April 25, 2019 | 60° F

Students take leap of faith at Werblin Recreation Center's annual Tower Jump

Photo by Christian Zapata |

Every year, the Aquatics Coordinator invites students to jump from the five, seven and 10 meter diving platforms at the Werblin Recreation Center.

Students had the chance to face their fears one dive at a time this past Friday at the annual "Tower Jump" at the Werblin Recreation Center on Busch campus.

Normally hosted in the beginning of April, the event allows students to take a chance jumping off of one of the three diving platforms in the Rutgers Aquatic Center, according to the Student Affairs site

Elizabeth Yarus, the aquatics coordinator, said they invite students once a year to jump off the different levels of towers. Working their way up from the 5-meter to the 7-meter then the 10-meter it is an opportunity that students do not usually get, to overcome their fears and have a good time.

Yarus inherited the event two years ago when she first became aquatics coordinator and said students are generally hesitant but excited when approaching the jump. They are excited to overcome their fears and it exhilarates them when they are able to complete the jump.

“Occasionally we’ve had people require a lot of extra encouragement to make the jump and some only do one or two stations, but most people know they’re here and know they might not get that opportunity again,” she said.

Each student starts at the 1-meter platform in order to practice jumping in the straight body position, Yarus said. From there, students line up and progress through the various heights leading up to the 10-meter platform.

Fred Woodruff, head diving coach for the women's swimming and diving team and event organizer, said it was very exciting to the watch the event progress over time. While the first year only had roughly 20 students, more than 80 students came the following year after hearing about the event through friends.

The event took place at the Rutgers Aquatic Center, equipped with an Olympic-sized swimming pool measuring 50 by 25 meters long with a 17-foot diving well and a 10-meter diving tower, according to the school’s site. 

It has become a very popular, and he tries to promote the event as best he can so students are able to come out and challenge themselves and try something new, he said.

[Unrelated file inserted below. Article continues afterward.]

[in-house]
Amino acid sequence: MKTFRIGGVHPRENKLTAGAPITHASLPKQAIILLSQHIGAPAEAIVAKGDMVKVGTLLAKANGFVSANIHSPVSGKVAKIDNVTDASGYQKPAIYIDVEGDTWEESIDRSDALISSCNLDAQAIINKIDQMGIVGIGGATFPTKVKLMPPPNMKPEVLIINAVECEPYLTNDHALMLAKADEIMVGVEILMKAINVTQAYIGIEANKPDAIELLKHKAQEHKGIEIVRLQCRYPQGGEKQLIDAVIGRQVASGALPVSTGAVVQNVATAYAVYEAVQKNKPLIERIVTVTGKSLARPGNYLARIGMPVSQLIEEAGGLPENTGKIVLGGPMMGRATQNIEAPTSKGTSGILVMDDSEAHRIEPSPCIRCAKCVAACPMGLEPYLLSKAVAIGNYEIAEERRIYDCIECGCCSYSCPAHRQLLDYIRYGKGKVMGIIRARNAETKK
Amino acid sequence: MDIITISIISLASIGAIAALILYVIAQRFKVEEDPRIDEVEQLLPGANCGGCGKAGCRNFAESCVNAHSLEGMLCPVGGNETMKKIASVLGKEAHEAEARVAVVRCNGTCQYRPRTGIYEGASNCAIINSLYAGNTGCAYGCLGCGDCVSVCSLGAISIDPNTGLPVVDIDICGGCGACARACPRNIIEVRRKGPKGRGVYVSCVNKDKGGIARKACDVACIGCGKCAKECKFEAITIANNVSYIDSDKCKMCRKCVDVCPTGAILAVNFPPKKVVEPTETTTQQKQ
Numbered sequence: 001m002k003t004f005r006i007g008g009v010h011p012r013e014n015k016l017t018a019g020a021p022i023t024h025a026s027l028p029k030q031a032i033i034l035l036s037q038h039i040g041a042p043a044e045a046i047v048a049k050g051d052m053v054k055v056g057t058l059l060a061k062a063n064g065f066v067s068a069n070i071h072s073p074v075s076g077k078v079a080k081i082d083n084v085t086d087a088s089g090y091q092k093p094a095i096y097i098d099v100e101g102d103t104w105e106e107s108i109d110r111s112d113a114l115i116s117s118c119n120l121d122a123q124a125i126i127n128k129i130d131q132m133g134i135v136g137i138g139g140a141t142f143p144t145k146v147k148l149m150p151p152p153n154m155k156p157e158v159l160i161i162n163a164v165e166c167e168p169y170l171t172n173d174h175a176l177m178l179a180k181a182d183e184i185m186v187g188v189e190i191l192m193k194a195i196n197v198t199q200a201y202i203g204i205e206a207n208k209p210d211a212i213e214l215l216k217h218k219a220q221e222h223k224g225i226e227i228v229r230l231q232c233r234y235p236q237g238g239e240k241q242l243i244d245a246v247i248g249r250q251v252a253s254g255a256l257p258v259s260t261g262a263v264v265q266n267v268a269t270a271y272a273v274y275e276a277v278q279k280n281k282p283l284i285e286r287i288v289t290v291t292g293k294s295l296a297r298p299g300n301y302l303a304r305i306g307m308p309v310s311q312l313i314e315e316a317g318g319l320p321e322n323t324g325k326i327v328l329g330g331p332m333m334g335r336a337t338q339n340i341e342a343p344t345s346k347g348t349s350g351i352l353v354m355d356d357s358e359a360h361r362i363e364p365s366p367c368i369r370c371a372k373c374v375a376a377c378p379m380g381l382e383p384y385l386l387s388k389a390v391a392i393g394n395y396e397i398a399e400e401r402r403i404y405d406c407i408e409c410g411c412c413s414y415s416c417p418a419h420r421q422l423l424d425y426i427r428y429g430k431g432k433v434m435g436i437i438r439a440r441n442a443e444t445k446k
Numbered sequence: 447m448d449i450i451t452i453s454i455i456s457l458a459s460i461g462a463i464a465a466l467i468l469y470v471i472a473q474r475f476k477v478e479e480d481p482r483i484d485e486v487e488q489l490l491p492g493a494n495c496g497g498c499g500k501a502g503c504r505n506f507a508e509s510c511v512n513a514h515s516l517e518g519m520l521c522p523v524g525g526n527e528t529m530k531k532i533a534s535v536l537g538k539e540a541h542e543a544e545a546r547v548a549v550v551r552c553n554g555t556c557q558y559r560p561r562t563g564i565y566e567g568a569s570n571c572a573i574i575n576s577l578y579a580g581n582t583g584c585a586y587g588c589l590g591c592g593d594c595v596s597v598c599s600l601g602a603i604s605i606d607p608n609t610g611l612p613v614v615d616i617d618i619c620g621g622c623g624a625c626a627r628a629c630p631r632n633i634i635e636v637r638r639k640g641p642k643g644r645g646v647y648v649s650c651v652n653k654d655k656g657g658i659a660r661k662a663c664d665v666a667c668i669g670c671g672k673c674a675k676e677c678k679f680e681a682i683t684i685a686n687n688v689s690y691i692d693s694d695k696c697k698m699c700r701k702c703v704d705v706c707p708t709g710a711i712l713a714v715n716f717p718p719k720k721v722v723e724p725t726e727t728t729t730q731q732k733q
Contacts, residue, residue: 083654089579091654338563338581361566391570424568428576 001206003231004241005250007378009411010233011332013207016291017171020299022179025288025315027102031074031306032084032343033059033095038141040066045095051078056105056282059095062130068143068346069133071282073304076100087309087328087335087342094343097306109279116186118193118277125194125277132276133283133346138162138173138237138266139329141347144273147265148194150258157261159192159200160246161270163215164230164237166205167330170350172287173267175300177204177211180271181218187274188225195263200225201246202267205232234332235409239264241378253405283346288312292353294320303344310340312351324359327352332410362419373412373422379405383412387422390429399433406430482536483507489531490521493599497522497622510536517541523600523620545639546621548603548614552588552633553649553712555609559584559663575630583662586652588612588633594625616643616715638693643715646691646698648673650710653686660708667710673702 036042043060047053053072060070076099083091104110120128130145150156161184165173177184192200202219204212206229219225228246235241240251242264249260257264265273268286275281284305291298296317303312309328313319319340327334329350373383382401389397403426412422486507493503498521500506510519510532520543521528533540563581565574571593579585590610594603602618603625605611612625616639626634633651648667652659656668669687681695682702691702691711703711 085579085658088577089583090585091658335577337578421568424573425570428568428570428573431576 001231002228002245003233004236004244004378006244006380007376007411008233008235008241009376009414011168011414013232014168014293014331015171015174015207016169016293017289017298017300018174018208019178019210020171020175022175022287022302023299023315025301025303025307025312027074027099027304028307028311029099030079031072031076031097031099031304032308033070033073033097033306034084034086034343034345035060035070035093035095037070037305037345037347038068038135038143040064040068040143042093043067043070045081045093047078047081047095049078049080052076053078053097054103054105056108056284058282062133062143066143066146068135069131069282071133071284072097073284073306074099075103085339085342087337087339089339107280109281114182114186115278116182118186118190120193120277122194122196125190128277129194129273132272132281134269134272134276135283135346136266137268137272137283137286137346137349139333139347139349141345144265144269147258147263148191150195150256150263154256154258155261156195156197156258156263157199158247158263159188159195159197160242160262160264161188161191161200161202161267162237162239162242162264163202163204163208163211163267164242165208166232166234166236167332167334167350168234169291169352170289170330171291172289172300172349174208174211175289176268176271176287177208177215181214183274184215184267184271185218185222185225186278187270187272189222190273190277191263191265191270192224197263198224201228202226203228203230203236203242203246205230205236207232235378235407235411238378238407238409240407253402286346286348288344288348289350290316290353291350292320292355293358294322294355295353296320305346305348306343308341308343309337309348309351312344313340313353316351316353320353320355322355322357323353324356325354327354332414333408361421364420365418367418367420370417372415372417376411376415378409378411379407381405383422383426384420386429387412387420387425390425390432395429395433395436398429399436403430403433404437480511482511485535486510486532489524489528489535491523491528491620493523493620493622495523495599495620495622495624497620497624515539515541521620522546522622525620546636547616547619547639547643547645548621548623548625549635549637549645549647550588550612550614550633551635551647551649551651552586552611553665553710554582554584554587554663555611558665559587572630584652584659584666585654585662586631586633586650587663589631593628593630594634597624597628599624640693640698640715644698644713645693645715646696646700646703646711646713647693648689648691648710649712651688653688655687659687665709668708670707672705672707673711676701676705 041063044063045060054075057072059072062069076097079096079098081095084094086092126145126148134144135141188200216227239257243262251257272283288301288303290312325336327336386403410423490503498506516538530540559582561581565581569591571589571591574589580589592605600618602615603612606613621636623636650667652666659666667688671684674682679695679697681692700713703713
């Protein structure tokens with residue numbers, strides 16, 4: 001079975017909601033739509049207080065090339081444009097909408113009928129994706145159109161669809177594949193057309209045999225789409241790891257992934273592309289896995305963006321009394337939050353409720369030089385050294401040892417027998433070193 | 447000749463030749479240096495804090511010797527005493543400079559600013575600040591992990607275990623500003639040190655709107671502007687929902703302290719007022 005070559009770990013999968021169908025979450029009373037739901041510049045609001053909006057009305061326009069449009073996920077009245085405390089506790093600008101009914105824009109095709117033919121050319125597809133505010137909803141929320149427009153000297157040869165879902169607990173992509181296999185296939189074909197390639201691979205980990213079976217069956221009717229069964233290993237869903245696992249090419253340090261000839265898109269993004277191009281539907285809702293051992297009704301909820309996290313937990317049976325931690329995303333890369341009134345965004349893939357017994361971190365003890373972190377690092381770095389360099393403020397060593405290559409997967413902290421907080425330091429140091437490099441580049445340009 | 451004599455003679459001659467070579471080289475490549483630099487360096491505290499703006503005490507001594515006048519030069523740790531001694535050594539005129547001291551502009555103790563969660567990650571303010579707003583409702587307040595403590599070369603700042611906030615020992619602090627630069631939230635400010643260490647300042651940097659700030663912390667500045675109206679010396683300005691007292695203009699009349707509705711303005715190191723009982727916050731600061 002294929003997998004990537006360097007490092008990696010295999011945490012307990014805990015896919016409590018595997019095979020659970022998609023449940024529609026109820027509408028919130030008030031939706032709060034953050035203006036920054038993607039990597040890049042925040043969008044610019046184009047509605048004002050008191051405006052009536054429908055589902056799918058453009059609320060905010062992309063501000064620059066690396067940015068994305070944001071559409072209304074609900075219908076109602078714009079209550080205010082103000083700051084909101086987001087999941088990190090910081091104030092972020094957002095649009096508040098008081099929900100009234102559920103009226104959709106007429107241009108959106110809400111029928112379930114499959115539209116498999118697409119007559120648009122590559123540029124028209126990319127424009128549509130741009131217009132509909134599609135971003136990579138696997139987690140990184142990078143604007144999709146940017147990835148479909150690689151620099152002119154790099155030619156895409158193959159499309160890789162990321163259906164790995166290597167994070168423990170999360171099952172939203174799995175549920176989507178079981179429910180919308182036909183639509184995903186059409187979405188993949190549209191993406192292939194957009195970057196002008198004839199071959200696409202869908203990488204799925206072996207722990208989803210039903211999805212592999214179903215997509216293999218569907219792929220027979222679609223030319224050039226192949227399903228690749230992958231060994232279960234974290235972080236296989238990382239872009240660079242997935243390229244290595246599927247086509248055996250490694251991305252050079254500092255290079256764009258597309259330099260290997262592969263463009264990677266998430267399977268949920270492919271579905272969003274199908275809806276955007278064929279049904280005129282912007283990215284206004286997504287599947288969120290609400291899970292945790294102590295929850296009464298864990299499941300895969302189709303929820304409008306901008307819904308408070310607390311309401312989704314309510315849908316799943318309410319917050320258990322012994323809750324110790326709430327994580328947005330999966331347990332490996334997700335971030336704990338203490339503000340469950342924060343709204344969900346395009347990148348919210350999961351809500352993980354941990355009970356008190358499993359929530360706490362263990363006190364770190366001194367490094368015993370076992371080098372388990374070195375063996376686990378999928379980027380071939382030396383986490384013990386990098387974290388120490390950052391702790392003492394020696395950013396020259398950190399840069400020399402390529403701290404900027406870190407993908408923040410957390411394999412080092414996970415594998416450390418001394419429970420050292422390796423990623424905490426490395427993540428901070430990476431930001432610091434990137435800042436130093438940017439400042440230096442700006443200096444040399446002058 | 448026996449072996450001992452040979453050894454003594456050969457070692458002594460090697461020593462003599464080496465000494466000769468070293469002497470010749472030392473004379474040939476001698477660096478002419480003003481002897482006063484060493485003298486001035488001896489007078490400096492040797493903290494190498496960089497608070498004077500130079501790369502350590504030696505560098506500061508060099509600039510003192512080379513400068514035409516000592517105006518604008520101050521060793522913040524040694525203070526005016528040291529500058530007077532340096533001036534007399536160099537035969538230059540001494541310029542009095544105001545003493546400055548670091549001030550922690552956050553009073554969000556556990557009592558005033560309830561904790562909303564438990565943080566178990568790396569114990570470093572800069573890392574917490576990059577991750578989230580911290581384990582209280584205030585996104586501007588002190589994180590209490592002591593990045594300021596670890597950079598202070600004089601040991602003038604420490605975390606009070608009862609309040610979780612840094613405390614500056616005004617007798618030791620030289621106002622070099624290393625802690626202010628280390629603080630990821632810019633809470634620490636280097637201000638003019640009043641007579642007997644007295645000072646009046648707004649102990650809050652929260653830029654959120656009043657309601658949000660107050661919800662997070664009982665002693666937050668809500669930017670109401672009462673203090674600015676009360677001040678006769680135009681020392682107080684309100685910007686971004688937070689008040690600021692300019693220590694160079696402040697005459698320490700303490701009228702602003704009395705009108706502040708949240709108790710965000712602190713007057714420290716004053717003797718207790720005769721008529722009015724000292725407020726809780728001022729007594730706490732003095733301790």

A lot of times students look at the diving platforms without being able to use them and this event serves as a treat once a year, he said.

“Most students are pretty excited that they made the jump and met the challenge to do something they never did before. It’s really exciting for them so we hope to continue the event for years to come,” he said.

Prior to his jump, Andrew Nelson, a School of Engineering senior, said he was excited to take part in the event. As a senior, it was his last chance to take the plunge and something he looked forward to for a while. Without a fear of heights, he was confident in his abilities and had previous experience cliff diving a depth similar to that of the 7-meter platform.

“It was fun, I felt like I was in the air for a really long time. I worked my way up from the (5-meter), to the 7, then the 10-(meter) lastly. I’d definitely do it again given the opportunity,” he said.

Matthew Peacock, a Rutgers Business School senior, said he had been cliff diving before but did not expect this jump to be nearly double the height. Going in, he said he knew he was not going to let the opportunity pass and insisted on making it all the way to the top.

Just go for it, Peacock said. He said it is much safer than cliff diving since students are in a controlled environment with lifeguards and staff constantly monitoring the water. 

“It’s a lot higher than I thought it was looking up underneath the platform," he said. "It felt good, I’m a senior and it’s something I had to do before I graduated so I brought five of my friends out here with me for a good experience."

Christian Zapata is a School of Arts and Sciences sophomore. He is a contributing writer for The Daily Targum. 

Christian Zapata

Comments powered by Disqus

Please note All comments are eligible for publication in The Daily Targum.